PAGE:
Horace B. “Ace” Cheney was born in Emerson, Mills County, on December 15, 1913, in a southwest Iowa farmhouse. His parents were Harold F. and Margaret Anne (Annie) Cheney. Dorothy Cheney was born February 23, 1915, in Oak Park, Illinois, outside of Chicago, to parents Theodore and Lillian Remsen. Ace and Dorothy met in January 1939 at a dance. Ace was working at Iowa State University in Ames and Dorothy was taking a course to expand on her bachelor’s degree in home economics, which she’d earned at the University of Wisconsin. They met again months later at Ohio State, where Ace had begun graduate work and taken an assistantship and Dorothy was working at the Faculty Club. They were married September 3, 1940. Ace and Dorothy raised three children: Roberta (Robin), born in 1942; Katharine (Kay), born in 1945; and Harold (Hal), born in 1949.
Ace originally went to college to learn the skills that would help him when he returned to the family farm. After graduating from Iowa State with a degree in farm crops and soils, he took a job with the Soil Conservation Service, making soil maps in Iowa, Missouri, and Wisconsin. He was then hired as a pasture forage specialist with the Cooperative Extension Service, a position that usually went to extension agents with years of experience rather than twenty-two-year-old, newly graduated college students.
After a visit from the head of the program at Ohio State University, Ace made the decision to pursue agronomy as a career rather than return to the family farm. He was offered an assistantship and completed his Ph.D. in soil fertility in 1942. Ace and Dorothy returned to Ames, where Ace took up a joint appointment in agricultural economics and agronomy, as well as a job with the Agricultural Experiment Station and the Extension Service. During the war years, he served on war boards in addition to his regular jobs, offering job instructor training to help make use of what work force was left for food production.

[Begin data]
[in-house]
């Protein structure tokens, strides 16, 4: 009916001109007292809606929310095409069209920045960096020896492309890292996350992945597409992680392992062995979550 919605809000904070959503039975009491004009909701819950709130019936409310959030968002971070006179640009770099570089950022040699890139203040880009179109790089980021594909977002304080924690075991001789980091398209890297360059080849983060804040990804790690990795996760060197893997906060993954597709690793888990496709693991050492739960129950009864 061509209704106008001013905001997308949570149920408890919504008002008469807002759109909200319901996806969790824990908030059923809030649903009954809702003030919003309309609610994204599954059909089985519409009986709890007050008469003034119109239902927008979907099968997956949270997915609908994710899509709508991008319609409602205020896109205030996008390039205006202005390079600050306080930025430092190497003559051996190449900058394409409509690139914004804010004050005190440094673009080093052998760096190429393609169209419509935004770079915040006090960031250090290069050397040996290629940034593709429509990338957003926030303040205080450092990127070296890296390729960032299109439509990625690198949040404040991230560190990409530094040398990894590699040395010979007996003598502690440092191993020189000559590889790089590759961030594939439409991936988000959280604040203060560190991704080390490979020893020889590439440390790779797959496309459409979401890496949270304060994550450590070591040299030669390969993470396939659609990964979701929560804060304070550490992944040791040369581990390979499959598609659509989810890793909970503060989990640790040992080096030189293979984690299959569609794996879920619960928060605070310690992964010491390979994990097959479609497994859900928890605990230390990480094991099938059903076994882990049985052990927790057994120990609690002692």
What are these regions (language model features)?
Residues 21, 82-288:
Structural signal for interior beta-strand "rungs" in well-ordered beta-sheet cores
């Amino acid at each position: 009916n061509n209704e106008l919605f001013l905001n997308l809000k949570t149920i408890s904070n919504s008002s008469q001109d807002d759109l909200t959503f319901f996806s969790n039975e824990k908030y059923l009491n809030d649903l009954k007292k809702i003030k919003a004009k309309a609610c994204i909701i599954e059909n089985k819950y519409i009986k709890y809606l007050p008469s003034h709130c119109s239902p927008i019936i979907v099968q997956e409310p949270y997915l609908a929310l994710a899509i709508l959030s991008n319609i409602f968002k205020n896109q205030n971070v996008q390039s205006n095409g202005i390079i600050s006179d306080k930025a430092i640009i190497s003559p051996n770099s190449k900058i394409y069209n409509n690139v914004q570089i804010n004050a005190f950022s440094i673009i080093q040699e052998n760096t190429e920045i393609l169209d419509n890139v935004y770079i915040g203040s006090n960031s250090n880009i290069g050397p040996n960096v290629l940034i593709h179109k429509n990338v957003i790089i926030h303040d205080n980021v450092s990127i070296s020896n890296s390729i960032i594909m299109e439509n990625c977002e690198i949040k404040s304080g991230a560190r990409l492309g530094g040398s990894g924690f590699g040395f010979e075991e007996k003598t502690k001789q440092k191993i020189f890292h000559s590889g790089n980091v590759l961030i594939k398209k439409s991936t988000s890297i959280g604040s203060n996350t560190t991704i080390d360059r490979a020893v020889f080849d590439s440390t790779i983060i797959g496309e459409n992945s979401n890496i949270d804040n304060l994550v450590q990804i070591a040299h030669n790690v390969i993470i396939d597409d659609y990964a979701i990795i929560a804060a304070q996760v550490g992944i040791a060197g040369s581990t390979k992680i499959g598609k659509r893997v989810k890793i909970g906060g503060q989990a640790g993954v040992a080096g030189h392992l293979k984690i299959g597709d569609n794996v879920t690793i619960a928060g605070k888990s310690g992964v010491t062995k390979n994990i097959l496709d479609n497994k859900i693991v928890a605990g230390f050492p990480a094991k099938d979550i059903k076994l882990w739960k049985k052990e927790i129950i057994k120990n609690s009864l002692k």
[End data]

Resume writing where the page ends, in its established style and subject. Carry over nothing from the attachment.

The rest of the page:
The Cheneys spent ten years in Ames before moving to Corvallis, where Ace took a position as head of the soil science department at Oregon State. They spent the next forty years in their home at 3744 NW Van Buren while taking an active role in a variety of professional and community organizations.
Ace joined the Corvallis Rotary Club in late 1952, just before the club voted to start BCF. Ace served as president of Rotary in 1963. His professional associations include active membership in, and serving as president of, the National Soil Science Society and the American Society of Agronomy. He was made a fellow in these societies and in the Crop Science Society of America and the Soil Conservation Society of America, among others. He was president of the Western Society of Soil Scientists and spent more than twenty years representing the Agricultural Experiment Station on the Governor’s Soil Conservation Committee.
Dorothy was a member of the OSU Folk Club and the PEO Sisterhood and presided over each organization in the late 1950s. She served as president of the Women’s Association and was active on various committees in the First Presbyterian Church of Corvallis. For several years she worked with alumni groups of Tri Delta sorority at OSU. After watching BCF grow through member contributions from Corvallis-area Rotarians, Ace and Dorothy decided to start making more substantial contributions.
Ace and Dorothy established this fund in 1997. Distributable income from the fund is applied to BCF administrative costs.